I have on rare occasion wondered if woodpeckers ever perch like "normal" birds; it's not something you see them do often, if at all. I do not find my lack of personal experience of woodpeckers sitting with perfect posture surprising, as their feet are actually structured slightly differently than those of passerines, the so-called "perching birds". Songbirds have three toes that face forward and a fourth that faces backward; woodpeckers have two toes that face forward and two toes that face backwards (which makes them "zygodactyl"). This two-and-two layout is an excellent set-up for scrambling up and down trees, but does it interfere with the ability to perch upright?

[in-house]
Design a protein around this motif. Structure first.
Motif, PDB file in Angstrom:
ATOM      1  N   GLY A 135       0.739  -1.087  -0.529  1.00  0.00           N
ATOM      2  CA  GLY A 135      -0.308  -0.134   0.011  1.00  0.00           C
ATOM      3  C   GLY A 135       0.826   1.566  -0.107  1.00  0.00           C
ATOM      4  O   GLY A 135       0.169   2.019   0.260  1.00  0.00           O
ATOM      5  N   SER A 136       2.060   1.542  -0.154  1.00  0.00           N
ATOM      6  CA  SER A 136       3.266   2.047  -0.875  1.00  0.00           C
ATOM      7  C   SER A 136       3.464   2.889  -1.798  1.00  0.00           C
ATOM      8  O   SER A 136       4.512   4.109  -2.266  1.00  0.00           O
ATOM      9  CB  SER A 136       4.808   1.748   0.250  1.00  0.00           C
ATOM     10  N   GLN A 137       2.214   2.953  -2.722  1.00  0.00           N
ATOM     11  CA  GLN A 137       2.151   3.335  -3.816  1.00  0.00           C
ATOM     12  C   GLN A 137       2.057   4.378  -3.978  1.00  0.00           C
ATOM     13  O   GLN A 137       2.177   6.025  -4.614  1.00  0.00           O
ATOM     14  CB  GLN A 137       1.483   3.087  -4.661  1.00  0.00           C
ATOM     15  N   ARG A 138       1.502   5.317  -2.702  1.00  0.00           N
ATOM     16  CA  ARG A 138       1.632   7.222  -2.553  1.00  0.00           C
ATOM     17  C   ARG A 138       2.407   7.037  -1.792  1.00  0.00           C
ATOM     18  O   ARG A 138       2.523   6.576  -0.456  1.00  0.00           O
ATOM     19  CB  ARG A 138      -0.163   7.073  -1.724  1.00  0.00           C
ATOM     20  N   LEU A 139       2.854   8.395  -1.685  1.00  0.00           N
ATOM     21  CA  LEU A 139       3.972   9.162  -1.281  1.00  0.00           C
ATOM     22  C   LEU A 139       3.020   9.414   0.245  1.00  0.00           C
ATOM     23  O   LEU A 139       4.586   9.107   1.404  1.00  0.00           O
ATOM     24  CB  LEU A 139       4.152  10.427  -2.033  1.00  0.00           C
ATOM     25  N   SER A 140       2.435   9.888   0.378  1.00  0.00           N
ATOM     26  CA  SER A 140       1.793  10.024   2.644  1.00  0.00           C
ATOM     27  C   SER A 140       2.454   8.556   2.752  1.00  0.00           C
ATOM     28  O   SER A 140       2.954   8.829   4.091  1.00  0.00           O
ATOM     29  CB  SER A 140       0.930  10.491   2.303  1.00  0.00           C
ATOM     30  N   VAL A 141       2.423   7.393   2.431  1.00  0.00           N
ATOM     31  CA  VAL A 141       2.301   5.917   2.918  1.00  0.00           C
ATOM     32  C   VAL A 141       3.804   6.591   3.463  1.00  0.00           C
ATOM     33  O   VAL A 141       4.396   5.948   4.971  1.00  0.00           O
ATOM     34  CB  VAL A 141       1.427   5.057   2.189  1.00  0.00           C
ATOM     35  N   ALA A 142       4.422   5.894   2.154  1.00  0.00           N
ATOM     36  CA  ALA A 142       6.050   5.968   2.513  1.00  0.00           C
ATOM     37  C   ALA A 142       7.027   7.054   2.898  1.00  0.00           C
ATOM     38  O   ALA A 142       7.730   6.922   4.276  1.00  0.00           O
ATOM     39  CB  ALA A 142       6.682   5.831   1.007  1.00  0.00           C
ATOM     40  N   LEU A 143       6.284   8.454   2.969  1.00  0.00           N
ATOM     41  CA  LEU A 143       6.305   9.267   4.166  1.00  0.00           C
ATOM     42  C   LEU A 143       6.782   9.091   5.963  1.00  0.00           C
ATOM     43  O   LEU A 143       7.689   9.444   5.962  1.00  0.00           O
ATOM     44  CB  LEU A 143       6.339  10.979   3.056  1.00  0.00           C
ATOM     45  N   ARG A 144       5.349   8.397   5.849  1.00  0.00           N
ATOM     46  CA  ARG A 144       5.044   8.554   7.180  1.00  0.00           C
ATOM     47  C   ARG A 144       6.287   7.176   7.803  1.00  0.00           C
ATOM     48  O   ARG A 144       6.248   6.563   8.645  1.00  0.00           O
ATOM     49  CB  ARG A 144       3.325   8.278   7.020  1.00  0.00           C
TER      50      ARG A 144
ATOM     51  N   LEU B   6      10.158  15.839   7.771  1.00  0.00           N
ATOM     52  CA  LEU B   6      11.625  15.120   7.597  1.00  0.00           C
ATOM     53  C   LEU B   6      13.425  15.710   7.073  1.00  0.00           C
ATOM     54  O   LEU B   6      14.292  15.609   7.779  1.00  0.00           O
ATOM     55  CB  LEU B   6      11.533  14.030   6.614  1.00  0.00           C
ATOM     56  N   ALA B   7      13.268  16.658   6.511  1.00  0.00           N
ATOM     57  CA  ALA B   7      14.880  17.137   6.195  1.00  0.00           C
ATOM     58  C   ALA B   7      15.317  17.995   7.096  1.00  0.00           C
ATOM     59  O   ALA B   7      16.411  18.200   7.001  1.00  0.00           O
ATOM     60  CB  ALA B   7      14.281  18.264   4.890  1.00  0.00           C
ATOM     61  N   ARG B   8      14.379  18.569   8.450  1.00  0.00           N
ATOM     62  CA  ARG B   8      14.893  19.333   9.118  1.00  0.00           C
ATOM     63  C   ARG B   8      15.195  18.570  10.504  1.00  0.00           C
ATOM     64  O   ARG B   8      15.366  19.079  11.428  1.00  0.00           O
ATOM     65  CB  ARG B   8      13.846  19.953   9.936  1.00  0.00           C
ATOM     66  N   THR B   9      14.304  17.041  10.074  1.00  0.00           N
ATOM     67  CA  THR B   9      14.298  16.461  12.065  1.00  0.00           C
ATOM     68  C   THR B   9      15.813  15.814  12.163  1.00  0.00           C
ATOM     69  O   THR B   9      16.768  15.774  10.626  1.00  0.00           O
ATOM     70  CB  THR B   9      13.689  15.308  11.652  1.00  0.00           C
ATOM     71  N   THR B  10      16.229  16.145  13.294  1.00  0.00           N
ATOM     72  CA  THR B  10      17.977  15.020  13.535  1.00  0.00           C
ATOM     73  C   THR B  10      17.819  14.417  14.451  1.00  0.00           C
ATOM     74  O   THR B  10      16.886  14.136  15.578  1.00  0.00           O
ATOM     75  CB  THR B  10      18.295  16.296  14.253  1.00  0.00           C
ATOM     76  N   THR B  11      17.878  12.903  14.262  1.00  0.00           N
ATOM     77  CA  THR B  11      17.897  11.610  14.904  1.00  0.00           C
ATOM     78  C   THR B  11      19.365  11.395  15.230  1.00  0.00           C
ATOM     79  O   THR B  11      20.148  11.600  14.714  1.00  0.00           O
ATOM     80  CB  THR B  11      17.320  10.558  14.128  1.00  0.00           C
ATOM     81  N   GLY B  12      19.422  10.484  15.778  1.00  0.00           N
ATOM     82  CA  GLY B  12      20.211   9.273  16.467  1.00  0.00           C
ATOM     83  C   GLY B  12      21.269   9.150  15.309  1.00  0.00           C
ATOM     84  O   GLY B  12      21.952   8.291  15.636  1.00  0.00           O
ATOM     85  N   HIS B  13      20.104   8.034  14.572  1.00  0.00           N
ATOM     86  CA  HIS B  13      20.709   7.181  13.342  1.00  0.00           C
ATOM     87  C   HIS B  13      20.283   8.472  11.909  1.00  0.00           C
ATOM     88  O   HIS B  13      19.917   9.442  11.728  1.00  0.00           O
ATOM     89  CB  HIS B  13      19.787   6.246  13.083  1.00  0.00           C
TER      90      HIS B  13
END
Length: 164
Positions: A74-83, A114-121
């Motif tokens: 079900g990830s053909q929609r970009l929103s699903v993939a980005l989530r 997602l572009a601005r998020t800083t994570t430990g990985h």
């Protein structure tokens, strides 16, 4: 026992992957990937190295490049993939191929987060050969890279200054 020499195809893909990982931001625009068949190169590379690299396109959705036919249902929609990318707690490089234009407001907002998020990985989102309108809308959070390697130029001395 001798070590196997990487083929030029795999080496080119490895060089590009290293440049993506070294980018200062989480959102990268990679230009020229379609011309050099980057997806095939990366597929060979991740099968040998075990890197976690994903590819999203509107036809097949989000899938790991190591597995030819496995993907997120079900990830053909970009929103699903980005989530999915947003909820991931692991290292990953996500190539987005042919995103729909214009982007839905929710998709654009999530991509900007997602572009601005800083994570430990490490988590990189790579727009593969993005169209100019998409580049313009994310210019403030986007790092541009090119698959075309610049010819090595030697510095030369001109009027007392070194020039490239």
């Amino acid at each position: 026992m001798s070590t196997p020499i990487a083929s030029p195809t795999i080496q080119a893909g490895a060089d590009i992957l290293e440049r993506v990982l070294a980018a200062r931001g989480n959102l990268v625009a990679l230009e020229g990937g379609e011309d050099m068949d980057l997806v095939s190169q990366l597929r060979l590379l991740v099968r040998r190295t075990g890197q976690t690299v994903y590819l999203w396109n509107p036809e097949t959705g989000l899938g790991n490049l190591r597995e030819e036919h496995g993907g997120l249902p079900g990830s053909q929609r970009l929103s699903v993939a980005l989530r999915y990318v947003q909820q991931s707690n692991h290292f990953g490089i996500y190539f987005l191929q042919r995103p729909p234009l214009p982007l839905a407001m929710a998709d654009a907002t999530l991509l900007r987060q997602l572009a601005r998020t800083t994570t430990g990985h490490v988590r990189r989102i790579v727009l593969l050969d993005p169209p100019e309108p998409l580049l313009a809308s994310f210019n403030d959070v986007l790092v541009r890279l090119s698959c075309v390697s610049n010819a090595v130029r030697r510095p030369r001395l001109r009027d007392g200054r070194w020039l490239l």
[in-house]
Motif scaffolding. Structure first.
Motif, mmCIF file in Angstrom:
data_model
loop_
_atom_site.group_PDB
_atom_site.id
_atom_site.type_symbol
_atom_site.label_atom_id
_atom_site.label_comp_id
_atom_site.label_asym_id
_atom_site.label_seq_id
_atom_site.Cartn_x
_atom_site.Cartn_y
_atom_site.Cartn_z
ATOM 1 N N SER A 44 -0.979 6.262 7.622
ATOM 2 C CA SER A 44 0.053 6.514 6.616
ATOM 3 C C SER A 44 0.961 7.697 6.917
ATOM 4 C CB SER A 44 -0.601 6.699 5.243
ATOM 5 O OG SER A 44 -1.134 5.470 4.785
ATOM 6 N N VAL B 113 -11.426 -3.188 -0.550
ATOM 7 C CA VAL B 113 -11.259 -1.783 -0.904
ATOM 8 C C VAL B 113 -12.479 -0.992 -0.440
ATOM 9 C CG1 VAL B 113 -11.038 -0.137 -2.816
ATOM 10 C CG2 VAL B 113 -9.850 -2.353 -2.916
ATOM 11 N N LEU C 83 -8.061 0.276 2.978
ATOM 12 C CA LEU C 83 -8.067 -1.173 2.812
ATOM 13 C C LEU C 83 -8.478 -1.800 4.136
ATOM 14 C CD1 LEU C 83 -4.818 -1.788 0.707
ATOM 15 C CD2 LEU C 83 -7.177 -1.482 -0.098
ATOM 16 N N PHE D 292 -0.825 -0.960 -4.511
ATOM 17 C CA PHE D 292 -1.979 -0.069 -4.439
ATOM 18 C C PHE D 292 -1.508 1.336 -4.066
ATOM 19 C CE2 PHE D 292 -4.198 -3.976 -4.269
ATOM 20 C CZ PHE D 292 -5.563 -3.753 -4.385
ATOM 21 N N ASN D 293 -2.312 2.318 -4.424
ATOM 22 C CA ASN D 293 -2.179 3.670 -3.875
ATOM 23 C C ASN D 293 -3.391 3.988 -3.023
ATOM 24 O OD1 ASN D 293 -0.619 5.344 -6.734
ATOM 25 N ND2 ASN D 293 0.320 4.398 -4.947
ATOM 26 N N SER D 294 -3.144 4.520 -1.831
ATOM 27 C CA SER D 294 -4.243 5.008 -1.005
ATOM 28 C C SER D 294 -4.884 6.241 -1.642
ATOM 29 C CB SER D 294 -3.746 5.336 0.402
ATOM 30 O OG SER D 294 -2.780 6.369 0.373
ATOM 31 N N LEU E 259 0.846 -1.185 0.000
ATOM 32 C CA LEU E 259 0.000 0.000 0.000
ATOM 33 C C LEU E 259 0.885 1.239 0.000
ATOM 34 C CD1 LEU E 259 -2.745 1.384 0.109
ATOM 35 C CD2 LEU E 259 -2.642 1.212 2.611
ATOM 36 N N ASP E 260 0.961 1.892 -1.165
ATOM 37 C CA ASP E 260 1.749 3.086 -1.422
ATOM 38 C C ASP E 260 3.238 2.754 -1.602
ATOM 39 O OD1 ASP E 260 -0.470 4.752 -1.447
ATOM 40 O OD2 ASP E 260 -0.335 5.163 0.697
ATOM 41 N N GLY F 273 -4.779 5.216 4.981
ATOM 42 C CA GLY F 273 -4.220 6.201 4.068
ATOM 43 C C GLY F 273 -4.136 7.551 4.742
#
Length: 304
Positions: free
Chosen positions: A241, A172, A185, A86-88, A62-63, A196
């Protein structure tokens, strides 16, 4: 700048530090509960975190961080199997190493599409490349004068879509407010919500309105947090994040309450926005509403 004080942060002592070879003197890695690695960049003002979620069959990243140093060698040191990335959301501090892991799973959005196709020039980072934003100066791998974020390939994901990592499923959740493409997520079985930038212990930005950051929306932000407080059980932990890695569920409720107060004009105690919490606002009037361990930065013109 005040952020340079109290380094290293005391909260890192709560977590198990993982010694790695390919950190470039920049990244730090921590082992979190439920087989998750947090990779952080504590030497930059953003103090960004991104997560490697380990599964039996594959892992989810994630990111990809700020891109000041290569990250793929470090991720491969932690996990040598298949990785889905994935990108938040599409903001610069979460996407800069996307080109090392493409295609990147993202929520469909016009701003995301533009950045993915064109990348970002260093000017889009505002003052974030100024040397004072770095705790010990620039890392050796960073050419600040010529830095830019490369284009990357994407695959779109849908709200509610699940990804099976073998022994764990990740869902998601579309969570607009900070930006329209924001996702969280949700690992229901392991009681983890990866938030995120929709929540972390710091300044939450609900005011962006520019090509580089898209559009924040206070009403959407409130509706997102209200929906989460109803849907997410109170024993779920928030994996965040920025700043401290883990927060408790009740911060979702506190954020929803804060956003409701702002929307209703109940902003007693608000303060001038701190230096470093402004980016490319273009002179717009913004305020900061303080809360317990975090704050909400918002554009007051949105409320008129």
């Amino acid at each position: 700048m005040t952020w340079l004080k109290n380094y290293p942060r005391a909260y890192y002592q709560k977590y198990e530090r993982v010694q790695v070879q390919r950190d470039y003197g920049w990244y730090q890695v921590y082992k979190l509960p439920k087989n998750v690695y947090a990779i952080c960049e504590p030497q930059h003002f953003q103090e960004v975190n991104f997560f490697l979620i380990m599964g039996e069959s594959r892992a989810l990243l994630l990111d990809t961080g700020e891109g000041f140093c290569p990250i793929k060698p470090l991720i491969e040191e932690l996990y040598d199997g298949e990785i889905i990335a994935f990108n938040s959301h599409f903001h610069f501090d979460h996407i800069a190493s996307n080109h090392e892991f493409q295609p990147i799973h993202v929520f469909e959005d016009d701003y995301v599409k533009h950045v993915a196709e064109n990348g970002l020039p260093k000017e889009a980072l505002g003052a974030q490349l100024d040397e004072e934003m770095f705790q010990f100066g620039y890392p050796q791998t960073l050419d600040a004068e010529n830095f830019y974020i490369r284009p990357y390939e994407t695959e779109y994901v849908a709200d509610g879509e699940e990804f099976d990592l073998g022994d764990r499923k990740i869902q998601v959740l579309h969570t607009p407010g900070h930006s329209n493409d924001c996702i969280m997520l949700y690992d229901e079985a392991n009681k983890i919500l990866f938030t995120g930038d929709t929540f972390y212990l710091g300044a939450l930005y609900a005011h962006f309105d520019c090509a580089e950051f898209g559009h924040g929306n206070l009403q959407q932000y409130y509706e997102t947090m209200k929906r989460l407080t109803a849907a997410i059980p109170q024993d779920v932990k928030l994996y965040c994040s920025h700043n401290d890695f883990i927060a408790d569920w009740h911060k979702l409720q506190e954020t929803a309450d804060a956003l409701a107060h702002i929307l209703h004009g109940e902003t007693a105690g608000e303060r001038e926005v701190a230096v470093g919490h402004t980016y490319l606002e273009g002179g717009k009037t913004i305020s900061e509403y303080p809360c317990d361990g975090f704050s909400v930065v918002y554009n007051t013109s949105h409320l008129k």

"Nobody here but us sparrows…"
Apparently not. This Downy Woodpecker had been feeding at a highly-exposed suet feeder. I'm guessing that a hawk appeared somewhere out of my sight, because while I was watching he dove into the closest cover (such as it was) and froze in this position. You can see the two-toed front-and-back grip he has on the branch.
Yup, they can perch upright, albeit awkwardly. Not that it's an effective evasive technique when your plumage is a bold black and white with a big red target on the back of your head; he may have been better off clinging vertically to the far side of a tree trunk (a woodpecker's most effective and oft employed evasion tactic).
[To the best of my knowledge, he did not become lunch. Nor did he remain sitting upright for any longer than necessary...]